Maria do Carmo Torres
Maria do Carmo Torres was born in Fuzeta, Algarve, from where she left as a baby to go live in Setúbal with her parents. In this town she worked at a canned food factory; it was at this time she started singing fado as an amateur.
At 19 years old she debuts singing fado in a vaudeville play by Manuel Envia, at Salão Recreio do Povo, in Setúbal, being immediately invited to another one, this time at Casino de Setúbal. It was a very applauded debut and applauses came again in a new play, at Casino do Estoril, in which Maria do Carmo Torres imitated António Gouga: it was such a success that she was forced to sing seven times in a row.
Later, after her son died at 16 years old, she comes to live in Lisbon, willing to follow a artistic career in fado, her only comfort: "I feel the greatest passion for fado. Forbid me everything, but let me express my pain for the lost of my son. Let me sing fado; I feel a great relive when I sing to s six-verse stanza by M. Soares:
In Lisbon, while working behind the counter at Café-Restaurante “Sul-América”, she had to replace the singer Maria Virgínia, and she did it so well that the director Mendes Leal and Alfredo Madeira made it possible for her to buy the professional card.
Maria do Carmo Torres performed at all houses around Lisbon, at many bullfights, some at Campo Pequeno, and several theatres, namely in the plays “Adeus, Artur!” and “O Chico do Intendente”, at motion pictures and charity events. She also performed at “Retiro da Severa”, “Solar da Alegria”, “Café Luso” and “Café Mondego”, where she presented an essentially castiço repertoire.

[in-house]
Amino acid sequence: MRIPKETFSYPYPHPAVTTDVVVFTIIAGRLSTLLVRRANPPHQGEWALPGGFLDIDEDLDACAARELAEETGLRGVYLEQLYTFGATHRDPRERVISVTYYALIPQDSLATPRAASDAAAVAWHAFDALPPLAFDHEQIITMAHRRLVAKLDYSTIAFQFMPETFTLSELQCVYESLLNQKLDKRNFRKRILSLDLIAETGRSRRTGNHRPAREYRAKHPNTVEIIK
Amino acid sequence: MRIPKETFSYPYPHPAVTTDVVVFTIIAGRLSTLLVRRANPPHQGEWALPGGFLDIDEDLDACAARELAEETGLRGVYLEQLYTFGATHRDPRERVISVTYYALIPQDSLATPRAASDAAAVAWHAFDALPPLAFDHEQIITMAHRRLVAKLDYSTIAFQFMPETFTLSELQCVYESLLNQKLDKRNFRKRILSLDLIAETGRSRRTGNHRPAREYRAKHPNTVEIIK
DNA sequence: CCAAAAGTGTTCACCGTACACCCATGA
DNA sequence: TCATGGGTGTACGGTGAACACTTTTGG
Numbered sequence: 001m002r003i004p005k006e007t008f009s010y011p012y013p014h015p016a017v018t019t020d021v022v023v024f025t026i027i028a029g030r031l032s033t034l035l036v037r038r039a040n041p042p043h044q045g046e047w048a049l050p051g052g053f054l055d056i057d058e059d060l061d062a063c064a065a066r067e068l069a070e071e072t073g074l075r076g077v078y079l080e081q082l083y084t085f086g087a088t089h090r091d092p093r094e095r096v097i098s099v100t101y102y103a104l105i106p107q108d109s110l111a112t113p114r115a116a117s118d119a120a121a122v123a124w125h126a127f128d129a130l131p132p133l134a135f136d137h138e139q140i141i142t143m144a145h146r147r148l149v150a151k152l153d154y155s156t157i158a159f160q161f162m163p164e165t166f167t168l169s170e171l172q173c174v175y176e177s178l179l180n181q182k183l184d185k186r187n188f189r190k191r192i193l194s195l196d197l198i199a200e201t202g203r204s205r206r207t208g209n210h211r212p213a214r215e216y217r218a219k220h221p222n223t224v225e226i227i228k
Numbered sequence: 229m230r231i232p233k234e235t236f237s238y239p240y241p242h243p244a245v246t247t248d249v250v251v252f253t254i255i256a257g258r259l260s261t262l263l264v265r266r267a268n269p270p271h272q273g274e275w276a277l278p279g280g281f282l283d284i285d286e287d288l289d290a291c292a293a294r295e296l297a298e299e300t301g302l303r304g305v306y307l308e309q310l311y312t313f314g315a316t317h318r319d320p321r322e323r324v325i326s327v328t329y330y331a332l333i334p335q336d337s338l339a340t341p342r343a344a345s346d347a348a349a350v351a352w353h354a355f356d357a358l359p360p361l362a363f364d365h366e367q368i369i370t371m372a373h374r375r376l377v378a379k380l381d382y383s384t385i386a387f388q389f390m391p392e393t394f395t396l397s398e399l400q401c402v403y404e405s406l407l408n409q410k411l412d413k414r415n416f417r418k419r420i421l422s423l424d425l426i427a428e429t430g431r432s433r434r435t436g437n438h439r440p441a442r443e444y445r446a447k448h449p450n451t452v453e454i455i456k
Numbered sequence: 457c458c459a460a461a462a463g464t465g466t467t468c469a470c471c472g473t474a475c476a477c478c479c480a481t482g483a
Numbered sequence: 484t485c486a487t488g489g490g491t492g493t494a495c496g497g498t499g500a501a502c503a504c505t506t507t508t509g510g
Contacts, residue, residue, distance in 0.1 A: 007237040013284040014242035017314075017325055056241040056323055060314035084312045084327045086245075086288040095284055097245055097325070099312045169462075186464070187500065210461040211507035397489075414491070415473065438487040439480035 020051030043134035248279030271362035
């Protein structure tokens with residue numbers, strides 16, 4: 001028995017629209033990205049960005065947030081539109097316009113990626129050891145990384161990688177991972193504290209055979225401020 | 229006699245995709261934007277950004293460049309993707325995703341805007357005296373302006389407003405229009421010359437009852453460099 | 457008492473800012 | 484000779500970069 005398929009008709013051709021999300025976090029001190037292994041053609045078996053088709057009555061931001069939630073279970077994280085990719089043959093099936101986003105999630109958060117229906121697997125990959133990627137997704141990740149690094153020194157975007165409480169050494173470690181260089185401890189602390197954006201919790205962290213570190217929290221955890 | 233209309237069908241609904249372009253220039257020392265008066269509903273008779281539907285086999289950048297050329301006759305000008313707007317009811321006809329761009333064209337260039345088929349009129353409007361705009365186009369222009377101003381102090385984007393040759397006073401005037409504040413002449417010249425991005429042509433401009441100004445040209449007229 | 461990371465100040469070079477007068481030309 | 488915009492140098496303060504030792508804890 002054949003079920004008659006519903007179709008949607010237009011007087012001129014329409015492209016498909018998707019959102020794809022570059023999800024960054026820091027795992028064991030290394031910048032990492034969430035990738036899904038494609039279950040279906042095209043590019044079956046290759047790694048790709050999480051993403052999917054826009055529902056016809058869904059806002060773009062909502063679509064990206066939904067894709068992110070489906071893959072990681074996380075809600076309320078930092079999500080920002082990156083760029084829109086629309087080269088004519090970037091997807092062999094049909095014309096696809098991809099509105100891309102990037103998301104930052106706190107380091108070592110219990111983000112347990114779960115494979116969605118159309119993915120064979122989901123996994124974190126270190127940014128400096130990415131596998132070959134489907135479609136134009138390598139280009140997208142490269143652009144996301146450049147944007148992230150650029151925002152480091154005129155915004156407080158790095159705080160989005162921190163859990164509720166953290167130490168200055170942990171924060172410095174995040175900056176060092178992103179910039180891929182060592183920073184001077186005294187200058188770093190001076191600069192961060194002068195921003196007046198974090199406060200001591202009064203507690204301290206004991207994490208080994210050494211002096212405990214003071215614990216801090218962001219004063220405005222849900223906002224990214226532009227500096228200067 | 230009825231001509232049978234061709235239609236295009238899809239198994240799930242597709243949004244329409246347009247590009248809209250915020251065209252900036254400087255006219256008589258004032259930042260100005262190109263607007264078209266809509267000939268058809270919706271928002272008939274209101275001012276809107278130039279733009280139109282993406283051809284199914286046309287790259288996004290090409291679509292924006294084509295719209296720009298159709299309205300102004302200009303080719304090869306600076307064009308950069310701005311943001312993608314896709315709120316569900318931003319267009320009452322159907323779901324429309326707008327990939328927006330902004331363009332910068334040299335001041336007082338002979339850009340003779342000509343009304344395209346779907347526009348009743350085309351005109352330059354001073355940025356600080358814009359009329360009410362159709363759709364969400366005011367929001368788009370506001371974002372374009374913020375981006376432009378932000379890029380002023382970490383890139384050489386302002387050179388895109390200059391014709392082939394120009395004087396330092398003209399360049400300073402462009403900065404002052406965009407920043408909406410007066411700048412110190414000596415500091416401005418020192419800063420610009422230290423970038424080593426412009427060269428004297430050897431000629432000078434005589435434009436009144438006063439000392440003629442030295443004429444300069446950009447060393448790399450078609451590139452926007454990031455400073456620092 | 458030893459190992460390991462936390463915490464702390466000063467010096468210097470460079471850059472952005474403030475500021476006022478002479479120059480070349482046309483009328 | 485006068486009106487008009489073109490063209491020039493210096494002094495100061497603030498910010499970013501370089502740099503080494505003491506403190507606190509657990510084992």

She was part of the Fado Embassy visiting Brazil and Argentina, which left on August 1934, directed by Alberto Reis, and featuring Maria do Carmo, Branca Saldanha, Filipe Pinto, Joaquim Pimentel, Armandinho (Portuguese guitar) and Santos Moreira (Spanish guitar). In these countries, they performed at Rio de Janeiro, Santos, S. Paulo, Campinas and Belo Horizonte, Buenos Aires, Araracuára and Montevideo.
Becoming a very popular singer, Maria do Carmo Torres also performed at private homes, such as the home of the Countess of Ficalho, and many others.
She was part of the tribute cast honouring the poet João da Mata, presented at Salão Jansen (1931) and cooperated in the tribute to Ângela Pinto, at “Retiro da Severa” (1938).
At the end of the 1940s, Maria do Carmo Torres retires from the artistic life, “wishing to rest, the popular singer Maria do Carmo is travelling north" (cf. Guitarra de Portugal, 1 August 1946), and she died in the 1950s.
To perpetuate the fado singer’s memory, the Lisbon Town Council gave her name to a street in Lisbon, located at Bairro da Cruz Vermelha, at the parish of Lumiar.
“Canção do Sul”, 1 August 1931;
“Guitarra de Portugal”, 21 April 1934;
“Guitarra de Portugal” 21 August 1934;
“Canção do Sul”, 1 June 1936;
“Guitarra de Portugal”, 1 August 1946;
Machado, A. Victor (1937), “Ídolos do Fado”, Lisboa, Tipografia Gonçalves;